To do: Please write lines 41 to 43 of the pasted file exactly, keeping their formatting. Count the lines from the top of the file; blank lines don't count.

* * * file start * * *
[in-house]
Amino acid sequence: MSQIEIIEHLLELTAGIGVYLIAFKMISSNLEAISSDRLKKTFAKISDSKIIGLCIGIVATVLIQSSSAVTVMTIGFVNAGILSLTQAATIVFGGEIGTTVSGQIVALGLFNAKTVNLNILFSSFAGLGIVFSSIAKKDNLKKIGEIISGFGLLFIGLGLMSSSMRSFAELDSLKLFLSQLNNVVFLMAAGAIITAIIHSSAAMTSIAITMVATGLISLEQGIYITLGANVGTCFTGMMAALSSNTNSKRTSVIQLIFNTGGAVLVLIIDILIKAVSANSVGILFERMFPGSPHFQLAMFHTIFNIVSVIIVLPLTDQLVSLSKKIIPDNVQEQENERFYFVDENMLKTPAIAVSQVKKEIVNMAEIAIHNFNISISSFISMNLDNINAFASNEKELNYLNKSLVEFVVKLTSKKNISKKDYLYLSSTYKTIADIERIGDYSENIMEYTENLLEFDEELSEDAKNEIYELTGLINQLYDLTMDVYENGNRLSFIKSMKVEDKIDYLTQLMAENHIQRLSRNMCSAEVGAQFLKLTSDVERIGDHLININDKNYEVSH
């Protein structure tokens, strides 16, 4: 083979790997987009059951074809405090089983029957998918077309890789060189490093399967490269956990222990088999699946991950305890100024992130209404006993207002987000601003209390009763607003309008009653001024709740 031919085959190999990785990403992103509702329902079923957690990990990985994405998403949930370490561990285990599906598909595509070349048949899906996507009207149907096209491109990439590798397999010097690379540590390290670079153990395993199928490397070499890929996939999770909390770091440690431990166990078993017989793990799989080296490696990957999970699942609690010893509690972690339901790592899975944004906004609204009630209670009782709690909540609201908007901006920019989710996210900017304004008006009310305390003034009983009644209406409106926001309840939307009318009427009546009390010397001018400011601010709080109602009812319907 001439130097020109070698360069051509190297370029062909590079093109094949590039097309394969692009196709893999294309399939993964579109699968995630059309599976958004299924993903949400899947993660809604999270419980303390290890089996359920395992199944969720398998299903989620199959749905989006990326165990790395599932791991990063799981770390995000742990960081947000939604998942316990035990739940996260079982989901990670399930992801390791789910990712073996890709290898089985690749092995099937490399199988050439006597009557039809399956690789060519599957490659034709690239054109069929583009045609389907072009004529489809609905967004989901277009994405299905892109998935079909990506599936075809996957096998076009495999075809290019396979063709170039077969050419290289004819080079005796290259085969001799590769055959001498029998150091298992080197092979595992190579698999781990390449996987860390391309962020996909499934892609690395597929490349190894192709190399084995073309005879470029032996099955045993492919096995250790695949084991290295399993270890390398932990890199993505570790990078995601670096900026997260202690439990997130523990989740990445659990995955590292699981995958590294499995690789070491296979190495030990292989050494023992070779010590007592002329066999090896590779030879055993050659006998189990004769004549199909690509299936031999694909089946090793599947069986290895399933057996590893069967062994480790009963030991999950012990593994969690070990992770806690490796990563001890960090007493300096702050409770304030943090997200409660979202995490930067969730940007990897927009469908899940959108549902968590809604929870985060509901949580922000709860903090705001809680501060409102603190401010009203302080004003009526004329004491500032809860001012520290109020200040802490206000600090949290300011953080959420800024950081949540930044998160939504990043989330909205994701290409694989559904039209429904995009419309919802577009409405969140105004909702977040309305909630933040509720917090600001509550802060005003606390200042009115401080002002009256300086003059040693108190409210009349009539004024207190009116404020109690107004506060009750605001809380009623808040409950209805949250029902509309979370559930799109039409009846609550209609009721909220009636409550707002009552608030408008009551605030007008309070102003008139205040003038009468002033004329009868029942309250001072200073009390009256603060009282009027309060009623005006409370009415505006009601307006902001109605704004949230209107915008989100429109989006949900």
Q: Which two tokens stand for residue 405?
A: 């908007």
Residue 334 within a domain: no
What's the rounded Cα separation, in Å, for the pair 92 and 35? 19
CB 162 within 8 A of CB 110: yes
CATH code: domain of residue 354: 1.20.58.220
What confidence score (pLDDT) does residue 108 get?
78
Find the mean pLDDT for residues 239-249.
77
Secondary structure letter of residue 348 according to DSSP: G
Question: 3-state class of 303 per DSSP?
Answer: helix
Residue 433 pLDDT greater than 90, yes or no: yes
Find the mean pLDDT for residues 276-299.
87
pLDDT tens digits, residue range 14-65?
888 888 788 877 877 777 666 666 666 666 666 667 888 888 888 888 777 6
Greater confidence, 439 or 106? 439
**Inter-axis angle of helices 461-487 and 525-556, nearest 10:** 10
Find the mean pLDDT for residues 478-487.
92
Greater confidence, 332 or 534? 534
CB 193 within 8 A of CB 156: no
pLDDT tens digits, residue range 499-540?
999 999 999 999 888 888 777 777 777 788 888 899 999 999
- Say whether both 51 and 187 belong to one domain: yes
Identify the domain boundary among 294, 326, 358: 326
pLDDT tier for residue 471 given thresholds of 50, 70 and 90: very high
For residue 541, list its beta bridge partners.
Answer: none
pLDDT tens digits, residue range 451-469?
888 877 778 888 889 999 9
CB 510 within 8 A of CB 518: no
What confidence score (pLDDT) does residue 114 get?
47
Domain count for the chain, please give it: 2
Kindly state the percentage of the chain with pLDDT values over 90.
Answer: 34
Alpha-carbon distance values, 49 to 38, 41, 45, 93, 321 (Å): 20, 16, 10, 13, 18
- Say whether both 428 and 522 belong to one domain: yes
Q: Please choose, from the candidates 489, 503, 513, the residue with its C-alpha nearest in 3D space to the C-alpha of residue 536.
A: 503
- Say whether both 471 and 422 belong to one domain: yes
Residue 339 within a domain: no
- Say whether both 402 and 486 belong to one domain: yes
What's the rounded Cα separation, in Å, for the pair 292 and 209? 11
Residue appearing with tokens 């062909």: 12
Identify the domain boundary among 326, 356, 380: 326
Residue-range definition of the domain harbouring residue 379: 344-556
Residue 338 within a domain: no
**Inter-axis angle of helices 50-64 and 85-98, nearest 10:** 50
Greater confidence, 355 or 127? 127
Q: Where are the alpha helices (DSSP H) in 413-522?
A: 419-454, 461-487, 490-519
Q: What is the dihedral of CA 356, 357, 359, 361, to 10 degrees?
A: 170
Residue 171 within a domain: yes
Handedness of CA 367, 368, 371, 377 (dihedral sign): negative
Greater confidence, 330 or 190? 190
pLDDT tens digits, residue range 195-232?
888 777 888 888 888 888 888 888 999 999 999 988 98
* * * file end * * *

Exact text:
Kindly state the percentage of the chain with pLDDT values over 90.
Answer: 34
Alpha-carbon distance values, 49 to 38, 41, 45, 93, 321 (Å): 20, 16, 10, 13, 18